Retired Professor of Surgical Paediatrics.

Born: November 22, 1932; Died: October 20, 2013

Dan Young, who has died aged 80, was a man of boundless compassion whose reputation for always striving to do the best for each of "his children" stretched around the globe.

Both a skilful, ground-breaking surgeon and an admired academic, he became Glasgow University's first professor of surgical paediatrics yet never forgot, or was forgotten by, his patients, many of whom remained in touch for years.

Just weeks before he died, one of his visitors was a mother who had lost her son 14 years earlier. She still remembered him caring for her boy as though he was his own.

A further mark of the esteem in which he was held was the renaming of the Glasgow unit, where he worked for more than 20 years, as the Dan Young Neonatal Surgical Unit. A support centre, run by the Scottish Spina Bifida Association (SSBA), which he had served as honorary president, also bears his name.

"In the real sense of the word Dan had that unique, and sadly now rarely seen, vocation to his profession," said SSBA chief executive Andrew Wynd. "For him, long hours and hard graft were not something to be challenged, but something to be celebrated because in that commitment grew greater understanding and knowledge, greater experience and wisdom - although he would never have acknowledged any of these qualities in himself."

Born in Skipness, Argyll, he grew up on Lower Carbarns Farm, Netherton, outside Wishaw, was educated at Netherton Public School, Wishaw Academy and Wishaw High School.

In 1950 he began his medical studies at Glasgow University and during that time filled in as a locum resident on both the medical and surgical side at the city's Royal Hospital for Sick Children. This was when he first became aware of the multiple health problems and high mortality rate of babies born with congenital defects, an experience that inspired him to specialise in this field.

Following his graduation in 1956, he completed his national service on a special short service commission to the Ghanaian government, where he was in charge of the medical reception station at a recruiting centre in Kumasi.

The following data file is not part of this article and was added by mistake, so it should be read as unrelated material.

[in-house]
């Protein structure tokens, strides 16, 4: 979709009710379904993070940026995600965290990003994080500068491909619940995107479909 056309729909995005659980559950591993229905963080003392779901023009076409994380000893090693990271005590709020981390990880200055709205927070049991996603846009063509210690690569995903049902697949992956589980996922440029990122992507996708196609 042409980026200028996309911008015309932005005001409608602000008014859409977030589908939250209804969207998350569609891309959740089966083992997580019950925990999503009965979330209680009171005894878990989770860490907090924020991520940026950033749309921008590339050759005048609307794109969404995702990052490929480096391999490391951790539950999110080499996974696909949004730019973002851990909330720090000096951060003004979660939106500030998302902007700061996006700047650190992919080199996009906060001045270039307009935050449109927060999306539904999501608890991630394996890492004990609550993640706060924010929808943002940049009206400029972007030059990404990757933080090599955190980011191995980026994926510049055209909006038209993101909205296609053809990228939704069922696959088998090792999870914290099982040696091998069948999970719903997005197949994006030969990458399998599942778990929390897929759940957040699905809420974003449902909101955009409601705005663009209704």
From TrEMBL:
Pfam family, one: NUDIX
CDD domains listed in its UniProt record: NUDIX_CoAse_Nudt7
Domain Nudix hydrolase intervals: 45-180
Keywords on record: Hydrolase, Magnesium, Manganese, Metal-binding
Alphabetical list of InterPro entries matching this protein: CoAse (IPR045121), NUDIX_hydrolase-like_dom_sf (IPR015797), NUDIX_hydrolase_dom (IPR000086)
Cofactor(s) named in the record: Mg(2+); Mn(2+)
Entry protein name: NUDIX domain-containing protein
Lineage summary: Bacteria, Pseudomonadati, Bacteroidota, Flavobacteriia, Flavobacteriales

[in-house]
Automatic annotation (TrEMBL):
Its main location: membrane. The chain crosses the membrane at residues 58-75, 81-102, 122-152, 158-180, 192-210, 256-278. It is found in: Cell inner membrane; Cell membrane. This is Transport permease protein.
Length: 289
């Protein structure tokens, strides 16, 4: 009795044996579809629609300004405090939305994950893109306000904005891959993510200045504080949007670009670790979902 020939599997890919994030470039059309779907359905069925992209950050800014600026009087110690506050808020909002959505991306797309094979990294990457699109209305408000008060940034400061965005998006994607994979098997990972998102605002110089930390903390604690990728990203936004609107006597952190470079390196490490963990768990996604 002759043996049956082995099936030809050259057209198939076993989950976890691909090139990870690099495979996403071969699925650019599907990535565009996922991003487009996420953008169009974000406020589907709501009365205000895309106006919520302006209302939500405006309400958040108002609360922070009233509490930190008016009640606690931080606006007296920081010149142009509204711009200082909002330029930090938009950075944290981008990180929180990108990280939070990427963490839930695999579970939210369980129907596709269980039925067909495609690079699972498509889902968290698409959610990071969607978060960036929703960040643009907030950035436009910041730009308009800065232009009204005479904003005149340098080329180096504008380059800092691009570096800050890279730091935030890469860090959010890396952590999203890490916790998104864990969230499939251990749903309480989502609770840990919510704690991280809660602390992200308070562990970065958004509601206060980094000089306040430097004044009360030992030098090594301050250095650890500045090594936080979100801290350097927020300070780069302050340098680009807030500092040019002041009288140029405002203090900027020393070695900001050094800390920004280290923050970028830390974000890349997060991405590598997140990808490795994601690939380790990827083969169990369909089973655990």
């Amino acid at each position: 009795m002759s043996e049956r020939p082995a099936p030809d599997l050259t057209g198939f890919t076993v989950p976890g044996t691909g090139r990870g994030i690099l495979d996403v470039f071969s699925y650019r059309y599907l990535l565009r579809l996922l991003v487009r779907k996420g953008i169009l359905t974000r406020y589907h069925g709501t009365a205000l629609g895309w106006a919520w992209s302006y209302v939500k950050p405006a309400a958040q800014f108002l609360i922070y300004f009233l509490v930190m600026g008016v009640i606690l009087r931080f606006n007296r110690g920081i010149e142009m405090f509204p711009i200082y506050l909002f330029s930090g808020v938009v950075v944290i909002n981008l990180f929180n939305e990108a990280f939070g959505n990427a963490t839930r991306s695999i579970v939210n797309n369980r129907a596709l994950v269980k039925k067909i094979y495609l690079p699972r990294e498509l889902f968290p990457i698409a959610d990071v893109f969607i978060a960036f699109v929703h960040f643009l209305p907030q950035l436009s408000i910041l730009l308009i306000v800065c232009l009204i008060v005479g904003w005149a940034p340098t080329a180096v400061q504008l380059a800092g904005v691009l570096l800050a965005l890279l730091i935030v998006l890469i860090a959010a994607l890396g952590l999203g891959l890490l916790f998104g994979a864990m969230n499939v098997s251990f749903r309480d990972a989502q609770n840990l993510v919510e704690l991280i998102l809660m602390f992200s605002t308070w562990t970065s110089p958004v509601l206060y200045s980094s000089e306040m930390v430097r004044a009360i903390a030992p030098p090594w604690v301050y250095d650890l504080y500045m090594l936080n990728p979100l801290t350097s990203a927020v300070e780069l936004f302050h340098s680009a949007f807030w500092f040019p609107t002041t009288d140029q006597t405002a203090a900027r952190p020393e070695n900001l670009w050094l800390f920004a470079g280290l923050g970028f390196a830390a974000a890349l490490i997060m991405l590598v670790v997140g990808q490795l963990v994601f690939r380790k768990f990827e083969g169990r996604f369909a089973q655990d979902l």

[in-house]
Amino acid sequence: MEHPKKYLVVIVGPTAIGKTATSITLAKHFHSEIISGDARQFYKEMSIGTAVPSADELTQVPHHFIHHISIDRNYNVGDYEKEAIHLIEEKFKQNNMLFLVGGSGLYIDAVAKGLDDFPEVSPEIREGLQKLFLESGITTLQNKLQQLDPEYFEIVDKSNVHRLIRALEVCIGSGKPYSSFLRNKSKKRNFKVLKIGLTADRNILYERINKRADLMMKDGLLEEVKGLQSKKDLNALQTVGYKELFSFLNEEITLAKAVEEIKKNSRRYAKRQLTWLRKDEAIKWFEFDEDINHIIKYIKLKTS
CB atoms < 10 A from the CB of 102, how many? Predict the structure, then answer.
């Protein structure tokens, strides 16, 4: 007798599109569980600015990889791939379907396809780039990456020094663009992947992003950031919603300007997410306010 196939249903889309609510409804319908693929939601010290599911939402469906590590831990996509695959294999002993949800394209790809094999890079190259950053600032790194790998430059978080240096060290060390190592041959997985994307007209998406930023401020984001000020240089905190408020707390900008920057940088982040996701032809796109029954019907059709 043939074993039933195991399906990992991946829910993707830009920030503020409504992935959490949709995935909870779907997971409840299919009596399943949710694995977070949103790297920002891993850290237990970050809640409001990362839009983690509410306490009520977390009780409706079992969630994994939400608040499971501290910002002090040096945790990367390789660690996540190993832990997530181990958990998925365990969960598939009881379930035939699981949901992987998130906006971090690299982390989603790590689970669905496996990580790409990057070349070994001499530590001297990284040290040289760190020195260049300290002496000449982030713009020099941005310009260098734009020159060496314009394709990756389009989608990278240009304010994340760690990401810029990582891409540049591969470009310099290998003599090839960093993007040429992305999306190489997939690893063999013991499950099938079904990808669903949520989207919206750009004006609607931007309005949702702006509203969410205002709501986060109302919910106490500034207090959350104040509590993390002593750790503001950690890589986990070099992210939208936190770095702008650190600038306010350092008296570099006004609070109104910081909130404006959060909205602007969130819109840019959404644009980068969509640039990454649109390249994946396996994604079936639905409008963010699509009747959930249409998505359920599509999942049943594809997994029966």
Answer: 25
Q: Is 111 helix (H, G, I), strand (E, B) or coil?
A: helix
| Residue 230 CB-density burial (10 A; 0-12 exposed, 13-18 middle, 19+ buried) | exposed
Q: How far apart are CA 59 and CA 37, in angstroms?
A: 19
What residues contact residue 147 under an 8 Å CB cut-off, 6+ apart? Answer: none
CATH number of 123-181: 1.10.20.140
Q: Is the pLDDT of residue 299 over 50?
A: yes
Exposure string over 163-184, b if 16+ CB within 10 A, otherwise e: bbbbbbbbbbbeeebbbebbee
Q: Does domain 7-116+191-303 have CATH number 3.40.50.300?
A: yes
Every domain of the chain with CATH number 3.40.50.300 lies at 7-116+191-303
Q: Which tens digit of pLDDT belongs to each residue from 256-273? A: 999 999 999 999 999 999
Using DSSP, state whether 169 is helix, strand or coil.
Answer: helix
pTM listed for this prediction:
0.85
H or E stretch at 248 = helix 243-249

From there he went to the Liverpool School of Tropical Medicine, gaining a diploma in tropical medicine and hygiene, before returning to Glasgow to become an assistant lecturer in the university's physiology department. From 1961-64 he was a registrar in surgery, during which time he became a Fellow of the Royal College of Surgeons in Edinburgh.

There then followed a spell at the world-famous Hospital for Sick Children at Great Ormond Street in London where he was a senior registrar and resident assistant surgeon. In the late 1960s he was a senior lecturer in paediatric surgery at London's Institute of Child Health and honorary consultant surgeon at Great Ormond Street and the Queen Elizabeth Hospital for Children in Hackney.

He returned north in 1969 to head of the department of surgical paediatrics at Glasgow University, based at the Royal Hospital for Sick Children. In 1971 the hospital's state-of-the-art neonatal surgical unit was established at Yorkhill and the following year he became a Fellow of The Royal College of Surgeons in Glasgow.

His career spanned an era of many advances in his speciality and in the 1960s and 70s he was involved in the introduction of the first shunts to control hydrocephalus in newborns, a procedure that hugely enhanced the life expectancy of significant numbers of babies born with spina bifida and hydrocephalus. He also treated a wide range of other conditions including deformities such as cleft lip and palate.

While developing a fine paediatric surgery department, he had also cemented his reputation as an excellent educator, training surgeons from all over the world and helping to establish the specialty of paediatric surgery in various countries. He was an honorary member of associations of paediatric surgeons in Hungary, Egypt, South Africa and America, as well as a visiting lecturer to Japanese and Australasian organisations, and was awarded a doctorate from the University of Wroclaw for his contribution in Poland and internationally.

During the 1980s he chaired the committee that oversaw the establishment of the Intercollegiate FRCS in paediatric surgery and was an examiner in all the fellowship and membership examinations of the British Royal Colleges of Surgeons for more than 30 years.

He was the British editor of the Journal of Pediatric Surgery for 17 years and had also contributed to and written numerous papers and books including A History of Surgical Paediatrics, Baby Surgery, and Children's Medicine and Surgery.

In 1992 he was appointed Glasgow University's first professor of surgical paediatrics, a role he held for six years. He retired from clinical practice at the same time but remained an influential emeritus professor, regularly teaching students at the bedside for another decade and mentoring numerous young surgeons.

A fellow of the Royal College of Paediatrics and Child Health, he was president of the British Association of Paediatric Surgeons and the British Society for the History of Paediatrics and Child Health, holding the latter post until recently.

He was also honorary president of the Scottish Spina Bifida Association for 30 years but was somewhat bemused, said Andrew Wynd, when its National Family Support Centre in Cumbernauld was named after him as a lasting tribute to his dedication.

Predeceased by his wife Nan and grandson Euan, he is survived by his daughter Rhoda, son Kenneth and five grandchildren.